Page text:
I've read Eric Hoffer's "Working and Thinking on the Waterfront". This book is a journal so we can read this as a collection of memos which various ideas he had thought are written every day, not the book in which he tried to explain single strong thought. So we have to read other books if we want to know how was the main thought he tried to explain. The library nearby my home has an aphorism and an autobiography of him. I've already read them and thought his life and thought was really unique. Working and reading are connected to his philosophy directly, and he shows himself as an "expert" in life. I adore him, even I would imitate him.
I've read Yoshio Kataoka's "Coffee Calls". I thought he was a "people's" writer (we Japanese has the proper word "Syominha"). He doesn't stand on the side of any establishment or authority. When he writes about the misusing or overflowing of English in Japan, or when he does about movies or music, he keeps his eyes on the position of a citizen (or common people). So his writings are always fresh and not like a veteran. How could it be if when I try to translate his works into English? I thought so. Just I try to translate the memos which are written in "Japanese and English". Of course, I should concern the problem of copyright. But it sounds nice.
If I read two books in a day, I couldn't read anymore. I even tried to read Souseki Natsume's "Meian" but couldn't. I spent time wastefully. I should think about how I "output" rubbish in my mind. Once I thought that complaining or venting in public must be quite a waste of time. But now I think that outputting our thoughts can have chances to produce something more. I don't agree with the opinion that "men" shouldn't complain in public. These people who say so deny the act of "hanging out" at their private time communication(we Japanese say it as "Nomi-nication")?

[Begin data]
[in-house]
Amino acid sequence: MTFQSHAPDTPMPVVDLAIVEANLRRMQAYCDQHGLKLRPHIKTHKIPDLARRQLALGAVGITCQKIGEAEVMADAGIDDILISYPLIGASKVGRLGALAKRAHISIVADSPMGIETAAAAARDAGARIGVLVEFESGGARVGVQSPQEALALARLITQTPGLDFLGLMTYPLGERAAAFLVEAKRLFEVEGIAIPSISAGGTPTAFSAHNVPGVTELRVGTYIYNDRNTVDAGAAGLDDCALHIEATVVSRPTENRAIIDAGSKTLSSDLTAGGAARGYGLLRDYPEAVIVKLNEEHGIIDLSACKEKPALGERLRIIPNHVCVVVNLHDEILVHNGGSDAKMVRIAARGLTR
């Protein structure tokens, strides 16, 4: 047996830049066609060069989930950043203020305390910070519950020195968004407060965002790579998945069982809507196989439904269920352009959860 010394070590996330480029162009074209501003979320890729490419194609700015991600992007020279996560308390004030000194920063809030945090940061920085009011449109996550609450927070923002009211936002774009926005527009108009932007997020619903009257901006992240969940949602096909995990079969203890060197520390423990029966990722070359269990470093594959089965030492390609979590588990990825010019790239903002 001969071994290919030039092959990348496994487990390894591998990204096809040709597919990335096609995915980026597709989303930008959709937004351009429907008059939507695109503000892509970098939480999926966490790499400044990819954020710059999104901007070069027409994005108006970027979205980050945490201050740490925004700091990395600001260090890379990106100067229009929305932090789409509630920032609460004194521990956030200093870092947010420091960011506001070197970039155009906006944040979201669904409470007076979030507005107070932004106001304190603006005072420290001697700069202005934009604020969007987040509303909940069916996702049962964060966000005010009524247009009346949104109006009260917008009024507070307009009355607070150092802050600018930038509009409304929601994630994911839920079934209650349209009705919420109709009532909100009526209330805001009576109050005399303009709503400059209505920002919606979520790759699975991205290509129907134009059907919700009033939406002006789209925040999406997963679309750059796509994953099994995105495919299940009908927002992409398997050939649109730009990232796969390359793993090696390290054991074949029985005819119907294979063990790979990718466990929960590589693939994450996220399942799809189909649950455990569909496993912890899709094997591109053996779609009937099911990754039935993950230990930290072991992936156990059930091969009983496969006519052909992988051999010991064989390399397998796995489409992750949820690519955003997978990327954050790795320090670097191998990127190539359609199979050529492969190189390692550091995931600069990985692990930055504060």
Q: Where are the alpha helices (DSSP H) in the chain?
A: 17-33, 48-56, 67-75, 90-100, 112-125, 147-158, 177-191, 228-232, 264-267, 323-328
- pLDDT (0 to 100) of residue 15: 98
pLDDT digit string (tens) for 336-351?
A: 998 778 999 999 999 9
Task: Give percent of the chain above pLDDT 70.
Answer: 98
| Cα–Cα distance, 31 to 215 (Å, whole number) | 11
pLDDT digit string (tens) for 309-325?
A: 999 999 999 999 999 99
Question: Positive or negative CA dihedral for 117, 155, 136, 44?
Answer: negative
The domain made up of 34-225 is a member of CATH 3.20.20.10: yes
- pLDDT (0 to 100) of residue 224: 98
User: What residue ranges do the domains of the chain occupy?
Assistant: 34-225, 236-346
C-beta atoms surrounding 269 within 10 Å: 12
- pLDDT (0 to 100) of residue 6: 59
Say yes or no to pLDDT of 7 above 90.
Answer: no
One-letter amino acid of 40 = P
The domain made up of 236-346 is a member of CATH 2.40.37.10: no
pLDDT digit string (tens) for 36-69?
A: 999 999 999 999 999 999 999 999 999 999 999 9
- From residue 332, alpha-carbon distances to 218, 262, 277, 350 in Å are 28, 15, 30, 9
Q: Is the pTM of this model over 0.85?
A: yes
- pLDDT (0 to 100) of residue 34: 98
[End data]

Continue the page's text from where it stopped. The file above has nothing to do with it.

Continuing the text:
I went to a bookstore and found the book "The Rebel Sell" by Joseph Heath and Andrew Potter's Japanese paperback version. I bought it. I always buy books on the net. The reason why is the convenience of finding and buying them easily, but I found that buying books at the "real" bookstores. Once I had bought a lot of books. Yes, I was stupid and therefore I couldn't read them. Just they became like samples of meals in front of the restaurants... Now I feel that using libraries is enough. Maybe it is because I read the "classics" which all libraries have. Now I want to read Souseki. I want to touch Souseki's profound philosophy.